My father likes to tell me the story of a Scottish folk singer who earned respect for his precise enunciation; this is the exact opposite of Michael Stipe’s vocal performance on Murmur where the title refers to his virtual incomprehensibility. R.E.M.’s debut album is an absolute critic’s favourite, and it’s not difficult to see why; the group already had their entire sound figured out, and they’d only get more mainstream and less interesting. The key R.E.M. elements are recognisable on Murmur; Michael Stipe’s arty and cryptic lyrics, Peter Buck’s jangly guitars and Mike Mill’s harmonies are all present.
The opening ‘Radio Free Europe’, with a surprisingly dance-able beat, was a surprise minor hit. The remainder of Murmur, however, is moody and more organic, more typical of the group’s early style. The piano led ‘A Perfect Circle’ and the piano infused ‘Shaking Through’ are particularly pretty, while ‘West of the Fields’ (which sounds like “Wezstzofields” after Stipe’s tonsils get tangled in it) is an appropriate ending, climactic but not losing the rest of the album’s subtlety. Discounting the irritatingly straightforward ‘We Walk’, which is out of place on an otherwise subtle album, Murmur is a flawless debut.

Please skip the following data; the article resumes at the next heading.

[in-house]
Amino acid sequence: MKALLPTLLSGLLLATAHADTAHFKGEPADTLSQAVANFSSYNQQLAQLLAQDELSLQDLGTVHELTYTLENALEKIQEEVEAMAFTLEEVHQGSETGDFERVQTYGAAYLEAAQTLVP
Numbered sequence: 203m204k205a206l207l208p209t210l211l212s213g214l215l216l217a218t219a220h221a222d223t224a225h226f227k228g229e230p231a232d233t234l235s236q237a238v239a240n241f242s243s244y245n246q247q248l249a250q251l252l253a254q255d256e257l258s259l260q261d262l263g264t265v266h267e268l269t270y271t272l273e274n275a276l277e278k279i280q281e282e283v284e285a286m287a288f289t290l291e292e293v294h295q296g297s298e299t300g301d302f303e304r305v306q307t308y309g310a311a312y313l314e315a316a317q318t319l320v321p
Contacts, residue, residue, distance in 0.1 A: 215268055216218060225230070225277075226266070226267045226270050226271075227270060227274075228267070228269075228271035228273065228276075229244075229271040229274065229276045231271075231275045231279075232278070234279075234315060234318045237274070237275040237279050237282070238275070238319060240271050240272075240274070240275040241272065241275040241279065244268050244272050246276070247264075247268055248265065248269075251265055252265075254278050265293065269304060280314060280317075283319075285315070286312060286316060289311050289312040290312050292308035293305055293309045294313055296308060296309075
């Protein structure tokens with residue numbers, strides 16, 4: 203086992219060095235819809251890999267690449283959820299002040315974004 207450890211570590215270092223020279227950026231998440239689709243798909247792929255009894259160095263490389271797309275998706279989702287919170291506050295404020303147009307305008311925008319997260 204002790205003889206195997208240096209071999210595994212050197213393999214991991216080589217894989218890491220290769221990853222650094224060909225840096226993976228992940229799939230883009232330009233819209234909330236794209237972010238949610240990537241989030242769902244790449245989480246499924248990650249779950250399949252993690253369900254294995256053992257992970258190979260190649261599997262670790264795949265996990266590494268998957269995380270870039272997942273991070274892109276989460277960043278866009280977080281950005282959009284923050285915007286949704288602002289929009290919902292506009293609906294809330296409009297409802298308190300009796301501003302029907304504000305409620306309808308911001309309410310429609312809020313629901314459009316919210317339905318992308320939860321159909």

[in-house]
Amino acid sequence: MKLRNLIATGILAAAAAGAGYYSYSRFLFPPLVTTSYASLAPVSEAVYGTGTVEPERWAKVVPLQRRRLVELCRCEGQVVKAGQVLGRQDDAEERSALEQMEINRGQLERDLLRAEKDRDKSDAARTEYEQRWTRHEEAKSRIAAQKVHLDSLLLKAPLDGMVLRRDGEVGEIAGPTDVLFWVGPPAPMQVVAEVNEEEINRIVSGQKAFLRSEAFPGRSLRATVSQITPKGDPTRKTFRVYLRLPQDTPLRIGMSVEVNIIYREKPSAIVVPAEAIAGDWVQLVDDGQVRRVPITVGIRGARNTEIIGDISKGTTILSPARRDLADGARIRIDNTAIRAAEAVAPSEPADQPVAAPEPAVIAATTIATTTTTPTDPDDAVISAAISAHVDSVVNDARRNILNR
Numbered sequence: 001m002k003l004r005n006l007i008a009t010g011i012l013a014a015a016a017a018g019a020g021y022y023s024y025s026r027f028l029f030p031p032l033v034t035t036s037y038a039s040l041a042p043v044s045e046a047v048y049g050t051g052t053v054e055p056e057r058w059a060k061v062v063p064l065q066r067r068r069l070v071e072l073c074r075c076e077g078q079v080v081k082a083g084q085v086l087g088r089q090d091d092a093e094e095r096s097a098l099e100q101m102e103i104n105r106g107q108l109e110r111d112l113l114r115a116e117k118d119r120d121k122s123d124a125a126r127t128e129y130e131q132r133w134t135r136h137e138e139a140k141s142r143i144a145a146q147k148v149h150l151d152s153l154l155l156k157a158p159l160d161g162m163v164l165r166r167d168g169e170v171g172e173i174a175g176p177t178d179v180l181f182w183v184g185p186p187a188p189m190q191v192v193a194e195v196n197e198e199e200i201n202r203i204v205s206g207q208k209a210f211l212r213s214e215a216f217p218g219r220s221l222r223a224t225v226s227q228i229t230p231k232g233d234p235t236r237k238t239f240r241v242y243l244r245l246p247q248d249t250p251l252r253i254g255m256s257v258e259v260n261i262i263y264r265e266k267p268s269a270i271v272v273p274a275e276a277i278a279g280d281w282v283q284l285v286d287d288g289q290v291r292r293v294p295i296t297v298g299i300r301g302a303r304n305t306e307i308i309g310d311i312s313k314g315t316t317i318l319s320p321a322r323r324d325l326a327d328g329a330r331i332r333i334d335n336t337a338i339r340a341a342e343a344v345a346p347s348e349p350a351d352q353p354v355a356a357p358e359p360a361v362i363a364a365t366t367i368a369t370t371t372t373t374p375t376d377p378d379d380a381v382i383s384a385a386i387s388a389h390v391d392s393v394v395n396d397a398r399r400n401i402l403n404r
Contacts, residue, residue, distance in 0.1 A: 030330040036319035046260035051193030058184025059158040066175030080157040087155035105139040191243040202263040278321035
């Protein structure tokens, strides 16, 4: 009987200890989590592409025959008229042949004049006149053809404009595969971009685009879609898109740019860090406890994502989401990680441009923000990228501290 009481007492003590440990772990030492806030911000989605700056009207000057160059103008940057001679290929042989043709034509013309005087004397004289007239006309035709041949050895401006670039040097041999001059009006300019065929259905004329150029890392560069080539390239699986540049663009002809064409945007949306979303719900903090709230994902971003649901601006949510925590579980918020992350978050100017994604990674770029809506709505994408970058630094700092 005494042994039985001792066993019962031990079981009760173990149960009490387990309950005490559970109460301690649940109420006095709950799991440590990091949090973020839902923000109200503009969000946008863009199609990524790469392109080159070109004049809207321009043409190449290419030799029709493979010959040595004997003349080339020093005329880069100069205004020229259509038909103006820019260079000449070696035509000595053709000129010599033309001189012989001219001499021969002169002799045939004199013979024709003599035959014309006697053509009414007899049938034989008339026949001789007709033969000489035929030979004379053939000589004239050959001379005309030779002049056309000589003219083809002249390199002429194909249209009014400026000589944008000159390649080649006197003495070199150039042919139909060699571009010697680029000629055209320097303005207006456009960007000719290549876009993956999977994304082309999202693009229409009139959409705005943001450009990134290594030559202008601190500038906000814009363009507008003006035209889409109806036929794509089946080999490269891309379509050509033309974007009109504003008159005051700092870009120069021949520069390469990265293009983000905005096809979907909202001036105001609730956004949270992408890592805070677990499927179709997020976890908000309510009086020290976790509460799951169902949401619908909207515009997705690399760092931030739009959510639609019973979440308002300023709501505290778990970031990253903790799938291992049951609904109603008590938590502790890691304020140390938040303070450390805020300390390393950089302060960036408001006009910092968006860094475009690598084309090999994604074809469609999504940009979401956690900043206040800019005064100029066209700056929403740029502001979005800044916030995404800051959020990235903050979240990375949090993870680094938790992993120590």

Murmur is a quintessential statement for R.E.M., and there are plenty of fans who would argue that they never bettered their first full length album.